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Burial Customs , Form and Decoration of Headstones

The materials of a headstone play an important role in the longevity of the grave marker, while the epitaph allows a tombstone to showcase individuality. The shape and embellishments displayed on a headstone also add to the sentimental value of marking the grave of a loved one. In this article, the many different forms and common themes of headstone decoration is discussed.

Gravestones have come a long way in their presentation with the tops highlighting a range of shapes, including gabled, rounded, semi-circle, pointed or arched, and topped with a statue of their own. During the 18th century, the trend was to decorate a headstone with symbolic reminders of death , called ‘memento mori’ , a tradition that dates back to the age of antiquity.

With a history that traces back to the Classical world of ancient Rome, the phrase ‘memento mori’ translates into “Remember you must die.” Because of this, the remembrance of death has played a role in the funeral customs all over the world. Fast-forward to medieval European times, where Christianity played a significant influence in the way the death of an individual was commemorated. Depictions associated with memento mori have emerged in many early works of Christian and Buddhist art. Heaven, hell, Divine Judgment, and the salvation of the soul are some of the themes one may encounter.

The funeral art and church architecture of medieval European times is quite telling. Some tombs of this time were decorated with the image of the decayed corpse of the deceased. This was called a cadaver tomb (transi), which differed from using the image of a skeleton on a tomb. During the 15th century, this practice was quite popular amongst the wealthy. A well-known theme of memento mori appears in the form of the Grim Reaper who plays no favorites between the rich and poor when it comes time to carry off a body.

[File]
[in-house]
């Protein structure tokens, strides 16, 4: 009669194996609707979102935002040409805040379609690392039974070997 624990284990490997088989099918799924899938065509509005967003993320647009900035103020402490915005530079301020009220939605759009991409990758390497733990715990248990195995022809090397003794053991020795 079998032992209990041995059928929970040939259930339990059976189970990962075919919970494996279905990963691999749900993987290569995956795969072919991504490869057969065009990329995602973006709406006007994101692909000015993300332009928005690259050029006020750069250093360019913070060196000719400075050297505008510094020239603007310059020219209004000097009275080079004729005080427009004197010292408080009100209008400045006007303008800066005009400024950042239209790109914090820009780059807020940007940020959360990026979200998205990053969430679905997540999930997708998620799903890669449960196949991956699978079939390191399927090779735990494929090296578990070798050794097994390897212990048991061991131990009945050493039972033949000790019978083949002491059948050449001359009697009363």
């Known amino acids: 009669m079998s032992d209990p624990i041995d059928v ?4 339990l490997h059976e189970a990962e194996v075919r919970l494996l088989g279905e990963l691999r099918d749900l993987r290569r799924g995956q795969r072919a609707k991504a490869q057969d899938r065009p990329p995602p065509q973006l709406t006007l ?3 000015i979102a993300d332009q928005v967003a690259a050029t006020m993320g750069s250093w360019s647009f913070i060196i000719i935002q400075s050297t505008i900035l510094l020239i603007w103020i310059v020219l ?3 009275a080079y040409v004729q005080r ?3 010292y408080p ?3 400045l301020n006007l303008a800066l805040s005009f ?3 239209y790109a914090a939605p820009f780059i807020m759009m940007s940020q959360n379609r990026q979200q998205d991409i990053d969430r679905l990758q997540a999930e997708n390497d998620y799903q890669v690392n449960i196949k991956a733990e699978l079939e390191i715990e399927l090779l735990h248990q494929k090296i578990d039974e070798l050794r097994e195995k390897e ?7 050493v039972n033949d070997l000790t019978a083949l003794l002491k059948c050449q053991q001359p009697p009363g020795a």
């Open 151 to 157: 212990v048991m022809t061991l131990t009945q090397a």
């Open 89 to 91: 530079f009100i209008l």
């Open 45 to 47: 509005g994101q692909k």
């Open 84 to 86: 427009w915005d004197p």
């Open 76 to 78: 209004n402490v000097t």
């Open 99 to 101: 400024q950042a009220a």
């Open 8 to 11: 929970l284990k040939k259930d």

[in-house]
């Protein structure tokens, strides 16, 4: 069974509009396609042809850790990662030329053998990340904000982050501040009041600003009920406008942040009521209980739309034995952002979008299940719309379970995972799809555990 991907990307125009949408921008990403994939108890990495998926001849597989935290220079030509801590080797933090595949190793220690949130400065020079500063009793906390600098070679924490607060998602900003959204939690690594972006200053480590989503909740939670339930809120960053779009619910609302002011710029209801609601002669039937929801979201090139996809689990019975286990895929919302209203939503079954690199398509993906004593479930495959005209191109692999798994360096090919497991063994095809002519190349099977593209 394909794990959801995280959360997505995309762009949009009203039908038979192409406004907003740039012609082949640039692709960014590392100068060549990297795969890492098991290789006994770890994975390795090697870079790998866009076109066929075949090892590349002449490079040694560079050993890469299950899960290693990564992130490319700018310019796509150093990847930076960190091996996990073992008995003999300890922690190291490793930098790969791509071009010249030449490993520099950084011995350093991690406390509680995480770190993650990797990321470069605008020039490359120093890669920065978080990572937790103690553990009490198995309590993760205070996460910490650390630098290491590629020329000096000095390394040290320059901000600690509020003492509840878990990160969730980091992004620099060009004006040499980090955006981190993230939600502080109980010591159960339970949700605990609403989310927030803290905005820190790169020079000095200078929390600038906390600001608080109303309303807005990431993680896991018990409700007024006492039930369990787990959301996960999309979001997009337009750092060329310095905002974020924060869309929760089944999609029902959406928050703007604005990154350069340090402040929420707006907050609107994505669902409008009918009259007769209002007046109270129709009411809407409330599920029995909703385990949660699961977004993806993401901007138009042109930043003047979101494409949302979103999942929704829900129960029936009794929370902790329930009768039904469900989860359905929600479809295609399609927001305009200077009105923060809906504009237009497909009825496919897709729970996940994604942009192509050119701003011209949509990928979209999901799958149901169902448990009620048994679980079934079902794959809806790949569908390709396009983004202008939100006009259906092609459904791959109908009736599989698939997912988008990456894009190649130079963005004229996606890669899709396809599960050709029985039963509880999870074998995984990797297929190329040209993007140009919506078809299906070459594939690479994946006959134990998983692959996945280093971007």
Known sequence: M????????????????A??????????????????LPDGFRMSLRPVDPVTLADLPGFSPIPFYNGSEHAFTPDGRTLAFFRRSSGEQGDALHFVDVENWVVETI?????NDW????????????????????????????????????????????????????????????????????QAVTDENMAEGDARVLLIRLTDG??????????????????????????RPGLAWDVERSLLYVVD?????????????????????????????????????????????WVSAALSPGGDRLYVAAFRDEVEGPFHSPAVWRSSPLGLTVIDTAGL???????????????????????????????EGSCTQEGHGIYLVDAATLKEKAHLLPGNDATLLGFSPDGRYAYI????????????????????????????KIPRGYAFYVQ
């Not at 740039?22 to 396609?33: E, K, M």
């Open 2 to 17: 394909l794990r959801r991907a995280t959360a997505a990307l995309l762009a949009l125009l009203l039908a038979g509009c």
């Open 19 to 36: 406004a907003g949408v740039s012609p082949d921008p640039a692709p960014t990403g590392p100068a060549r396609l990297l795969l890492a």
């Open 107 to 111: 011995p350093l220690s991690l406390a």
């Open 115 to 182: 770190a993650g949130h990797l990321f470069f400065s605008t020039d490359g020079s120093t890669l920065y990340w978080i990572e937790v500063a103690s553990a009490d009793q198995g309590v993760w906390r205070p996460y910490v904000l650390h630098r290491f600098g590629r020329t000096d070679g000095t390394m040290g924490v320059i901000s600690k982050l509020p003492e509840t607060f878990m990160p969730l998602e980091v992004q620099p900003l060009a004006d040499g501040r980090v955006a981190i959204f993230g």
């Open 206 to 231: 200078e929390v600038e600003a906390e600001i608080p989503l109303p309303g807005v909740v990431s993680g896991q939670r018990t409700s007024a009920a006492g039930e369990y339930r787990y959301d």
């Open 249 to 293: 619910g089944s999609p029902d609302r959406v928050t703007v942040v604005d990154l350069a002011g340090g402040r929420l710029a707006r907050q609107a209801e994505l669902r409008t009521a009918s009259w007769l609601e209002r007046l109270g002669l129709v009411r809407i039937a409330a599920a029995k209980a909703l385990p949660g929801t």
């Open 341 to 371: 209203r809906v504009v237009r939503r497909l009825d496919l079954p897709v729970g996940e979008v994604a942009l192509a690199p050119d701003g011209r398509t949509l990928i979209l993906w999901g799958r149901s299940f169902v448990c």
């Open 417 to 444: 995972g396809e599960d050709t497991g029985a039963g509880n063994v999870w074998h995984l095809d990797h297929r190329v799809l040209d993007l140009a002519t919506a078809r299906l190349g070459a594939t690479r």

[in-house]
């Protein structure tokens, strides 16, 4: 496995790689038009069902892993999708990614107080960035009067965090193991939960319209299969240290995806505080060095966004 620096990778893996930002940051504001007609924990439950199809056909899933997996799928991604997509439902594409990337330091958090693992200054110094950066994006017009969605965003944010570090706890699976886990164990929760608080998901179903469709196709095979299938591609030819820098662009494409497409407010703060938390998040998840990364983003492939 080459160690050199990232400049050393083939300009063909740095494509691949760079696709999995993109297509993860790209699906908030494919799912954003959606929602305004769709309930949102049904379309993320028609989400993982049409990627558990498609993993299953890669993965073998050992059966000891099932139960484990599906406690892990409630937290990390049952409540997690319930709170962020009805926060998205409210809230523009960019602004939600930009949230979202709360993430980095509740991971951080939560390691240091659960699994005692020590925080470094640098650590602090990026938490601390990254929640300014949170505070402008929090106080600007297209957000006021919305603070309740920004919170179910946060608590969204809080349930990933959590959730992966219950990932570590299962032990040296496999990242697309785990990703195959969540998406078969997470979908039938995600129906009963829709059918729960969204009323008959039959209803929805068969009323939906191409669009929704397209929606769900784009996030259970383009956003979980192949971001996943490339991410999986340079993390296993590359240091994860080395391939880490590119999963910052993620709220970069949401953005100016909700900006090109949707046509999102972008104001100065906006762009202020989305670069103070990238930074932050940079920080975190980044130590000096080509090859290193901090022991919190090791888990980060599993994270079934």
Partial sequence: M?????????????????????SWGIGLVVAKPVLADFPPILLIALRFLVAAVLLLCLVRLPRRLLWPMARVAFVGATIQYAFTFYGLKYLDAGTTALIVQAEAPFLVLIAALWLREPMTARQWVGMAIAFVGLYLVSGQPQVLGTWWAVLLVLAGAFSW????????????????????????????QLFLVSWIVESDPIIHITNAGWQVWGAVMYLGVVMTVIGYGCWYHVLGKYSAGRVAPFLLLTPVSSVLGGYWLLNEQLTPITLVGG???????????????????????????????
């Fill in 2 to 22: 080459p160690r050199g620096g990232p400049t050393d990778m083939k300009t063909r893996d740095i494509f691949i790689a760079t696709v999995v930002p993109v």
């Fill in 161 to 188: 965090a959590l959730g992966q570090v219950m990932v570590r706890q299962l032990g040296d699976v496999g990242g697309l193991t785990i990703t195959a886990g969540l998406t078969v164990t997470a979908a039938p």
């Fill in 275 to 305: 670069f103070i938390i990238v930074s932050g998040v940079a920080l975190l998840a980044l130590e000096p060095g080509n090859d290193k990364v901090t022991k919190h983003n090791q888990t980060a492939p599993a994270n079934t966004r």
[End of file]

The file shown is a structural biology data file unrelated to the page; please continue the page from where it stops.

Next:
In Colonial times in the United States, the Puritans decorated their tombstones with skeletons, winged skulls, or angels putting out the lights of candles.

Other symbols of death that appeared throughout the years in historically notable headstones include winged cherub heads, heavenly crowns, as well as gravediggers with picks and shovels.  Old Father Time may appear on a headstone. As time passed, the kinds of imagery found on graves evolved. Elaborately carved crosses and angels grew in popularity. Other special emblems and imagery that have become common themes include:

 

·    The poppy represents eternal sleep.

·    An angel of grief depicts sorrow.

·    Birds symbolize the soul.

·    A crown means reward and glory.

·    Dolphins are seen as a bearer of souls to Heaven.

·    Purity, love and the Holy Spirit shines through in the dove.

·    Horseshoes are thought to provide protection against evil.

·    Ivy is used to signify memory, faithfulness, and undying friendship.

·    Innocence is seen with the display of a lamb.

·    The lamp is used as a reference to immortality.

·    The olive branch means forgiveness or victory over death.

·    A triangle symbolizes truth, equality and the trinity.